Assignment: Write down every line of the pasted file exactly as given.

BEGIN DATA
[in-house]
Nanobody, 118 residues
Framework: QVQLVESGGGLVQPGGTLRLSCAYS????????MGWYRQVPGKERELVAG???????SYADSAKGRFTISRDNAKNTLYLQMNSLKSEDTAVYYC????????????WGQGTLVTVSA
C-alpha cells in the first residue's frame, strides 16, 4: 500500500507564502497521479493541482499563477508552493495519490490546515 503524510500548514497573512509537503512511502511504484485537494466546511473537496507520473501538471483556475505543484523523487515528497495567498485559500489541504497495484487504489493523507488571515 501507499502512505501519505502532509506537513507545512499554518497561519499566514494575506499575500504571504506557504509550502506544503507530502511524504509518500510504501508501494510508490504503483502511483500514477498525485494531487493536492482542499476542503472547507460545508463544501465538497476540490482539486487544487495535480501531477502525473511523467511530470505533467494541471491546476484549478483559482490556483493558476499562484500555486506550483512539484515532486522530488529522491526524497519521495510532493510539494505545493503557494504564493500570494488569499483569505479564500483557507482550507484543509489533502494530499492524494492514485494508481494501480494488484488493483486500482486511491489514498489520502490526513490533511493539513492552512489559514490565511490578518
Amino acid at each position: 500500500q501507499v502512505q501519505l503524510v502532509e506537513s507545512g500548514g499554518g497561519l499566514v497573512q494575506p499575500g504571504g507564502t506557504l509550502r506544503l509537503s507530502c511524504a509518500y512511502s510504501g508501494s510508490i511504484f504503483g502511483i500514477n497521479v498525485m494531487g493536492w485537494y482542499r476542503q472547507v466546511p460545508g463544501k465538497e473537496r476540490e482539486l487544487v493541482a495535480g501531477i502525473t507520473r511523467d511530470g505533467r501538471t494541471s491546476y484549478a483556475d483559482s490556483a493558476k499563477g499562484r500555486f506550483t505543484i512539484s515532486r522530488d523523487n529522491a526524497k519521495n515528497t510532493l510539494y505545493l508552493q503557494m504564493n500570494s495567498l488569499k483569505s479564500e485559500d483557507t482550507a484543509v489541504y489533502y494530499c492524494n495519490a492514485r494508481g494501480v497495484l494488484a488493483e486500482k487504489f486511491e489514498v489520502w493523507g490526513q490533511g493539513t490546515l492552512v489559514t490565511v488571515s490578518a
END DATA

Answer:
[in-house]
Nanobody, 118 residues
Framework: QVQLVESGGGLVQPGGTLRLSCAYS????????MGWYRQVPGKERELVAG???????SYADSAKGRFTISRDNAKNTLYLQMNSLKSEDTAVYYC????????????WGQGTLVTVSA
C-alpha cells in the first residue's frame, strides 16, 4: 500500500507564502497521479493541482499563477508552493495519490490546515 503524510500548514497573512509537503512511502511504484485537494466546511473537496507520473501538471483556475505543484523523487515528497495567498485559500489541504497495484487504489493523507488571515 501507499502512505501519505502532509506537513507545512499554518497561519499566514494575506499575500504571504506557504509550502506544503507530502511524504509518500510504501508501494510508490504503483502511483500514477498525485494531487493536492482542499476542503472547507460545508463544501465538497476540490482539486487544487495535480501531477502525473511523467511530470505533467494541471491546476484549478483559482490556483493558476499562484500555486506550483512539484515532486522530488529522491526524497519521495510532493510539494505545493503557494504564493500570494488569499483569505479564500483557507482550507484543509489533502494530499492524494492514485494508481494501480494488484488493483486500482486511491489514498489520502490526513490533511493539513492552512489559514490565511490578518
Amino acid at each position: 500500500q501507499v502512505q501519505l503524510v502532509e506537513s507545512g500548514g499554518g497561519l499566514v497573512q494575506p499575500g504571504g507564502t506557504l509550502r506544503l509537503s507530502c511524504a509518500y512511502s510504501g508501494s510508490i511504484f504503483g502511483i500514477n497521479v498525485m494531487g493536492w485537494y482542499r476542503q472547507v466546511p460545508g463544501k465538497e473537496r476540490e482539486l487544487v493541482a495535480g501531477i502525473t507520473r511523467d511530470g505533467r501538471t494541471s491546476y484549478a483556475d483559482s490556483a493558476k499563477g499562484r500555486f506550483t505543484i512539484s515532486r522530488d523523487n529522491a526524497k519521495n515528497t510532493l510539494y505545493l508552493q503557494m504564493n500570494s495567498l488569499k483569505s479564500e485559500d483557507t482550507a484543509v489541504y489533502y494530499c492524494n495519490a492514485r494508481g494501480v497495484l494488484a488493483e486500482k487504489f486511491e489514498v489520502w493523507g490526513q490533511g493539513t490546515l492552512v489559514t490565511v488571515s490578518a